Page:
The College of Education & Human Development and the Center for Excellence in Teaching & Learning are collaborating with several partners to investigate and promote collective understanding among university and community stakeholders regarding social justice impacts on students’ success at GSU. Our project also includes students in the Early College Program who are transitioning into GSU. Our partners are the Alonzo A. Crim Center for Urban Educational Excellence, the Dean’s Office of School, Community and International Partnerships as well as the Southern Education Foundation. To better understand the climate of social justice and its impact on student success at GSU we are creating a large-scale online interactive experience to prepare student-faculty research teams to engage in the project.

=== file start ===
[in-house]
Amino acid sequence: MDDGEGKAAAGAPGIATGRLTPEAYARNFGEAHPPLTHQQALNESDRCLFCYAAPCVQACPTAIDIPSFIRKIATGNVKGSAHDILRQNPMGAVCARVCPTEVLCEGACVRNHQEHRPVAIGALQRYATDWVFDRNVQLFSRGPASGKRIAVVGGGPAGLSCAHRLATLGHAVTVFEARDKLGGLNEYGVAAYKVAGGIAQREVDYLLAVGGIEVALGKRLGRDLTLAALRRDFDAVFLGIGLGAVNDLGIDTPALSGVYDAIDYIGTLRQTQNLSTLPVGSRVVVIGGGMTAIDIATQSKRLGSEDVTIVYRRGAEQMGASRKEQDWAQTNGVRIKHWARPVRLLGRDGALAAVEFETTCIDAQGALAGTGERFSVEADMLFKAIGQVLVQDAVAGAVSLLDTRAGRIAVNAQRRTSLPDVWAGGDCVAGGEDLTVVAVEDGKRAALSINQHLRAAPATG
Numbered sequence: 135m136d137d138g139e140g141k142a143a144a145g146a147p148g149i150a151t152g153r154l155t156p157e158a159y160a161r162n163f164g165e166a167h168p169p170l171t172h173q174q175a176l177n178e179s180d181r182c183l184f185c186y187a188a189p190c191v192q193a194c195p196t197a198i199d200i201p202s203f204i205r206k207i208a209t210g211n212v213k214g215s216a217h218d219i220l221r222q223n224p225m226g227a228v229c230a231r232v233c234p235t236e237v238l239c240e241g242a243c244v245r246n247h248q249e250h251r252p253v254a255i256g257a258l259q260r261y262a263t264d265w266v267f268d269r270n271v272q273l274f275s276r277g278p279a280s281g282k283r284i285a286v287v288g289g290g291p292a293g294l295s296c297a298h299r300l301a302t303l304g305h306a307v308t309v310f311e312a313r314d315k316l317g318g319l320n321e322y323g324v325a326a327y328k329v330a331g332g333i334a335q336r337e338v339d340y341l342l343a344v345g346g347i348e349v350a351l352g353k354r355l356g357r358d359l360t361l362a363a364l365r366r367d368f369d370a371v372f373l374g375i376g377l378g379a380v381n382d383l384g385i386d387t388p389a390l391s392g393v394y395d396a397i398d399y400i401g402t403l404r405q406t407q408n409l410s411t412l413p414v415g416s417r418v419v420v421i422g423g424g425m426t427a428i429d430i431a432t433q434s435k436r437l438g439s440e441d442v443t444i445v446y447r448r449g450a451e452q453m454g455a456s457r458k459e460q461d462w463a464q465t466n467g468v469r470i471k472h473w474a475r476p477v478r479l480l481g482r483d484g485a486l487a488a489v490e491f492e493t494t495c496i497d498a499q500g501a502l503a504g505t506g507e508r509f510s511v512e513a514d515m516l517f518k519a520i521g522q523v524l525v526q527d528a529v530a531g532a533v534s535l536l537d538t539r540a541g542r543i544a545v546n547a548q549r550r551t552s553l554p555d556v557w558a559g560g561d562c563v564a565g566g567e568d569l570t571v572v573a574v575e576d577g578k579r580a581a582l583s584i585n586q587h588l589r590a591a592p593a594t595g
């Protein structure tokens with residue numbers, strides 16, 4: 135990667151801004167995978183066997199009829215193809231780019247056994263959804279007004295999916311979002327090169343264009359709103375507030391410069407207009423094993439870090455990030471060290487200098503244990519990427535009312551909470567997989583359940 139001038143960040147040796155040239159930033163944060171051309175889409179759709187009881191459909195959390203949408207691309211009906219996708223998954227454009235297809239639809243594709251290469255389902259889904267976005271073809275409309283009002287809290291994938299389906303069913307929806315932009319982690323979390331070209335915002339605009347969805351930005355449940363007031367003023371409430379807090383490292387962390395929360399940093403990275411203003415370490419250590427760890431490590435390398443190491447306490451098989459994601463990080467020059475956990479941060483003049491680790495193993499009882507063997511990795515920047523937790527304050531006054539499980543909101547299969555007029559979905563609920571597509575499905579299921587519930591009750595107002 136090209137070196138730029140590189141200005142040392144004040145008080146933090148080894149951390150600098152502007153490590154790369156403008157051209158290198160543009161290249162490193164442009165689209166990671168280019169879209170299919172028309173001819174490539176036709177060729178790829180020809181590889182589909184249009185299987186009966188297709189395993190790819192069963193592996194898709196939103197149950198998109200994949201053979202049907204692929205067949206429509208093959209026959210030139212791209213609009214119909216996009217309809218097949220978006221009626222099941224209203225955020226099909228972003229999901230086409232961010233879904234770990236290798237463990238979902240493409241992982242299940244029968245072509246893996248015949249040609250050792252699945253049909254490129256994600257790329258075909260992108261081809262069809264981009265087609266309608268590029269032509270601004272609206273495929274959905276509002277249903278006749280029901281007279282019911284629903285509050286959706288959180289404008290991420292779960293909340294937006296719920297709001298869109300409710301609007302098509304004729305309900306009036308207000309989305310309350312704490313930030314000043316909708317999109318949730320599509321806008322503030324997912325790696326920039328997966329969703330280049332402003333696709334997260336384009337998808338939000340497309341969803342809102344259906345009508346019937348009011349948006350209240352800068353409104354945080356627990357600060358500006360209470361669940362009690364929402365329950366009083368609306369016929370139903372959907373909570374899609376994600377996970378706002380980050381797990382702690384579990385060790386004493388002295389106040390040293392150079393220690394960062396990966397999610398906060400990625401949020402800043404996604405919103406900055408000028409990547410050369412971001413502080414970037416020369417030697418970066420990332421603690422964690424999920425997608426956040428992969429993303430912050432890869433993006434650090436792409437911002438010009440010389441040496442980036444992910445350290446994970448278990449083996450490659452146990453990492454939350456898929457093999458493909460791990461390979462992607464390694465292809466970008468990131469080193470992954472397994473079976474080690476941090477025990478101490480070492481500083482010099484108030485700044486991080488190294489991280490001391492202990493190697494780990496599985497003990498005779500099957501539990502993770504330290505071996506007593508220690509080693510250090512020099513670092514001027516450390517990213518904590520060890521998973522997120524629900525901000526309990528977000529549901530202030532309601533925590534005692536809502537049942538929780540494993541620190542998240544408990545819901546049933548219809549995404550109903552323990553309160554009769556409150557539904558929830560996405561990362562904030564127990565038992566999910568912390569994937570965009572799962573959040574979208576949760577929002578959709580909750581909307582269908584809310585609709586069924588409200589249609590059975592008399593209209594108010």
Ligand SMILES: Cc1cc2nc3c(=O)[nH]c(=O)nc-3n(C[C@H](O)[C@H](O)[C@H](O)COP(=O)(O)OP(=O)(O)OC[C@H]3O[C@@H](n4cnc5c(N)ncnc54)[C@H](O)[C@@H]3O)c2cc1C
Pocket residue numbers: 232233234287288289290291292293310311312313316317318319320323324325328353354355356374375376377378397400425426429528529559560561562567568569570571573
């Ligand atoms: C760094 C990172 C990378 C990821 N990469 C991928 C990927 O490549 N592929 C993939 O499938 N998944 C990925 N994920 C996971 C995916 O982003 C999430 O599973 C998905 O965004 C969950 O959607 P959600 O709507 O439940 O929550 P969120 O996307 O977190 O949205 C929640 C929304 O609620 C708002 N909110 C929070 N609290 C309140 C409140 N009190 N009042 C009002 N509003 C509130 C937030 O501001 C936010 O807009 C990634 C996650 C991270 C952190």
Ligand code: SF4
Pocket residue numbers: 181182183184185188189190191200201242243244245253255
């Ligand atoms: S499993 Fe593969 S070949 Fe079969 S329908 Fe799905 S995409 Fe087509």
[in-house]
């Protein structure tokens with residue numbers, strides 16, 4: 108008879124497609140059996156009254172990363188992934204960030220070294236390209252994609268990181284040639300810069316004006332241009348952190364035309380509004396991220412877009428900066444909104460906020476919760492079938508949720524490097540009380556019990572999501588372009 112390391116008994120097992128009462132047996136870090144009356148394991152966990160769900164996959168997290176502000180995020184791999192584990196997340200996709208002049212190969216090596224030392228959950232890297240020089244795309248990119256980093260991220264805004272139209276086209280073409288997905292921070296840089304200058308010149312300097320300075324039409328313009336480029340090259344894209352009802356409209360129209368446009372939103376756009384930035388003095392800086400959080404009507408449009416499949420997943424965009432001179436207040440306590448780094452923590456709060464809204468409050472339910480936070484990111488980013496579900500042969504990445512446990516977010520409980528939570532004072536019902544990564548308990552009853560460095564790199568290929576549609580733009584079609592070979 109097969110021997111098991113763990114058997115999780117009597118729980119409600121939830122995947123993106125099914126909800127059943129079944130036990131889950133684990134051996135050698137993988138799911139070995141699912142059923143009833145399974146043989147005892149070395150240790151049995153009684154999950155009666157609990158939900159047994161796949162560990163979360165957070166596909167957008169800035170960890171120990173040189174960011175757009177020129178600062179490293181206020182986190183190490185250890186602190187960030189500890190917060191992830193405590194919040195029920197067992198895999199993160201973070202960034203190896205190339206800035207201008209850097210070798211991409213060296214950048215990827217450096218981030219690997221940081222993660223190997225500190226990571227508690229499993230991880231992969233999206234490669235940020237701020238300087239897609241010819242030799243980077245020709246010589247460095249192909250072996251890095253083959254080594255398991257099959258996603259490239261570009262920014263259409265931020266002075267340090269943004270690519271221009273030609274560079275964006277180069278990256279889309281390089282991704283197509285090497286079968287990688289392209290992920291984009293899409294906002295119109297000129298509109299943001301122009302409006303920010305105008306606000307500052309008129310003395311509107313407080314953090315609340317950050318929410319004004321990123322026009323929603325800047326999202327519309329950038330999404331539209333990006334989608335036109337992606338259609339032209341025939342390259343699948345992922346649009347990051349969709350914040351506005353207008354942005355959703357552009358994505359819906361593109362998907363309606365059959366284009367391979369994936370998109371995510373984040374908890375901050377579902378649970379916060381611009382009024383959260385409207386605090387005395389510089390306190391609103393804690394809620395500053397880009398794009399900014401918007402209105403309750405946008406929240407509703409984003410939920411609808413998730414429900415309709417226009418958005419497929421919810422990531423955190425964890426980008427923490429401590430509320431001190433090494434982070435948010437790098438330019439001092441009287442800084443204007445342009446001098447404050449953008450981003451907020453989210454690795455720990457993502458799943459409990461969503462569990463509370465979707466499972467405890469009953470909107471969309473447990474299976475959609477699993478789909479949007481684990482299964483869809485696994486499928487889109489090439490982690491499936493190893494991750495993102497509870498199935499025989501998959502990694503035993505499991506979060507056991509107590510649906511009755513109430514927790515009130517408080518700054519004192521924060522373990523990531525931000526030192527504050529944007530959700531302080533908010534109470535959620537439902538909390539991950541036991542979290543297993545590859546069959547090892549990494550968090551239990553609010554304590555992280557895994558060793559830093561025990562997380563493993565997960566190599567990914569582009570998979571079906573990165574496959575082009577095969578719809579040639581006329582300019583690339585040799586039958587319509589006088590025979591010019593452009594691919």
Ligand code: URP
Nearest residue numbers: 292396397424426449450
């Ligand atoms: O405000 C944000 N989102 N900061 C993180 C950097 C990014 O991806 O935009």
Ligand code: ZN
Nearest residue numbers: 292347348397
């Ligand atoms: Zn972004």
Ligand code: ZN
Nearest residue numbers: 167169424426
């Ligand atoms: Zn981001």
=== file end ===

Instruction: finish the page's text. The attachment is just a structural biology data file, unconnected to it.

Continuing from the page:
Our grant team, led by Dr. Joyce King (PI) and Dr. Valora Richardson (Co-PI), involves faculty, staff and graduate students. We are working to develop, implement and evaluate the interdisciplinary, hybrid summer research course in which students will explore social justice and student success at GSU.  Organizing this course is providing opportunities for interesting conversations across several disciplines and information exchange about social justice. As faculty and graduate students prepare course modules, we are already breaking through some “silos” that are so typical in higher education institutions. The marketing video that we developed to attract students has been very well-received and faculty and students in Education, Public Policy, Sociology, African American Studies and Music will participate in the course.